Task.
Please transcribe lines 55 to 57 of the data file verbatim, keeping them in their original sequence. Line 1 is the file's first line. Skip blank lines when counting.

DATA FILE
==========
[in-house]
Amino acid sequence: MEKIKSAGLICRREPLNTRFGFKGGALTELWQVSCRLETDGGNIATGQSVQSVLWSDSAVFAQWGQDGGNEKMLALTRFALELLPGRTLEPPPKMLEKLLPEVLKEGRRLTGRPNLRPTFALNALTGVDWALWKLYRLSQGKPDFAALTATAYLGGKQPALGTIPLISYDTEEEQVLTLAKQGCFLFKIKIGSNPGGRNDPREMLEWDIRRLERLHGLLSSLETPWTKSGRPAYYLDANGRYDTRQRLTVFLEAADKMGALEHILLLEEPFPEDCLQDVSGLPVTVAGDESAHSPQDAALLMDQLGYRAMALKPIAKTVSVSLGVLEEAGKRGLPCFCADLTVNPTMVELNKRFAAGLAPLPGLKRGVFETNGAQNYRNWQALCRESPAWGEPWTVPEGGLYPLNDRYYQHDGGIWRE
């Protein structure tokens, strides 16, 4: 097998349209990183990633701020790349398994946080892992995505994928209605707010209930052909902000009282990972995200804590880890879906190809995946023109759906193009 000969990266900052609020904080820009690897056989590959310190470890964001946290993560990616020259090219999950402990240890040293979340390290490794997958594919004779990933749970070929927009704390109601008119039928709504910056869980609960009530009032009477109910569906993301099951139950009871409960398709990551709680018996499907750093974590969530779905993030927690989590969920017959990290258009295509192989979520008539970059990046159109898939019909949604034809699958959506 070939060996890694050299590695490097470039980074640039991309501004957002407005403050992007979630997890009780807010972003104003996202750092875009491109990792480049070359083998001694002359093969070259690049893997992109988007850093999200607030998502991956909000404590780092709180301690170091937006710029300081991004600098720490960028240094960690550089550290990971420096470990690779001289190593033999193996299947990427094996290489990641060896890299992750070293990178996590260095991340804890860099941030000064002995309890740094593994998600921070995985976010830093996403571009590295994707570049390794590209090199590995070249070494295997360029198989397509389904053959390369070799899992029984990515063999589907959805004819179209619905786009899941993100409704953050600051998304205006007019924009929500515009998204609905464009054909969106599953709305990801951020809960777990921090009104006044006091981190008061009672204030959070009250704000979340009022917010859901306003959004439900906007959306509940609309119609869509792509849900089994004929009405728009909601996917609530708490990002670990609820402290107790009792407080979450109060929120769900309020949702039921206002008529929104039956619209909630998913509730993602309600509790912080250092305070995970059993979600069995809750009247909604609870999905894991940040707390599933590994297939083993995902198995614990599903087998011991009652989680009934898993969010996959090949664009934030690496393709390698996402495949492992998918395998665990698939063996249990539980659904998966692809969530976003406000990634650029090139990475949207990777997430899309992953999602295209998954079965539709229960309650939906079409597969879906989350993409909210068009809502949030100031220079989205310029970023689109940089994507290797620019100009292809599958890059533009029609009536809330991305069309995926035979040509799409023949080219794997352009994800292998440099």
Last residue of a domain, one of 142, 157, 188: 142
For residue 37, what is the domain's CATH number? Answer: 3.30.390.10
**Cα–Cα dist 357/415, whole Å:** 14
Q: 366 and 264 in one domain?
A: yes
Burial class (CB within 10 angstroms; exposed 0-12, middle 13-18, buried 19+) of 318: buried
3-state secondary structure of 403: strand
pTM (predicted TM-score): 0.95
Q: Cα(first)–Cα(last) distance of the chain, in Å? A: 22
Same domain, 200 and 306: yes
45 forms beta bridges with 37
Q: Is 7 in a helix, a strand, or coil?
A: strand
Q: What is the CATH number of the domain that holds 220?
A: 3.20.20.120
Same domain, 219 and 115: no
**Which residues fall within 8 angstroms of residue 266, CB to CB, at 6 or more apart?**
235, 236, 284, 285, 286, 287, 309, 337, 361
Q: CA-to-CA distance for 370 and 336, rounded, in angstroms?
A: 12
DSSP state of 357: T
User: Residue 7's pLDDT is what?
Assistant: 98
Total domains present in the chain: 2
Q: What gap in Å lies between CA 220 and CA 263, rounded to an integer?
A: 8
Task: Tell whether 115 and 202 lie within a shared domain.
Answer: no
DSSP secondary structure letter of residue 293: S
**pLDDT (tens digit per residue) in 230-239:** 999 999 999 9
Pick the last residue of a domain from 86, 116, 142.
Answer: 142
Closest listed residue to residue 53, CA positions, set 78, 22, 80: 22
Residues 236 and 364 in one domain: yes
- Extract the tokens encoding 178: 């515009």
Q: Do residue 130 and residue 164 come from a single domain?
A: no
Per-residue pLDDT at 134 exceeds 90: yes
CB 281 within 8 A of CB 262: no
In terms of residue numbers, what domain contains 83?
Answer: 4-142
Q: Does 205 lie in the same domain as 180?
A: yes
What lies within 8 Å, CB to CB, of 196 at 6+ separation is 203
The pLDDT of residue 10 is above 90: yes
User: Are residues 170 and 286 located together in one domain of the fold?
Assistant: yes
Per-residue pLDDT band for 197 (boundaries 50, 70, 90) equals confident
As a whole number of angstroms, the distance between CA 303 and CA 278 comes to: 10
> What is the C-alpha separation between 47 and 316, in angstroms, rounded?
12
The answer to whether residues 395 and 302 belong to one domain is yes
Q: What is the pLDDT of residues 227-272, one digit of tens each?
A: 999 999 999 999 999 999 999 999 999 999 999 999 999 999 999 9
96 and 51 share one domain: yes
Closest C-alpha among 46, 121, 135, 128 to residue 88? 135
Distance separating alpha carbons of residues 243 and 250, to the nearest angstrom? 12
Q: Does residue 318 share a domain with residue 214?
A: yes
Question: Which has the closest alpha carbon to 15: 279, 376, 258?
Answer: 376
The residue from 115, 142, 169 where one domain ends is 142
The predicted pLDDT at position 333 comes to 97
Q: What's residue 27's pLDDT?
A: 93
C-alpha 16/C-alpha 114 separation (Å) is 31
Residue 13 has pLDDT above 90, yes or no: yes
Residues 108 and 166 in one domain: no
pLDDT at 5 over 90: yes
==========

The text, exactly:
The answer to whether residues 395 and 302 belong to one domain is yes
Q: What is the pLDDT of residues 227-272, one digit of tens each?
A: 999 999 999 999 999 999 999 999 999 999 999 999 999 999 999 9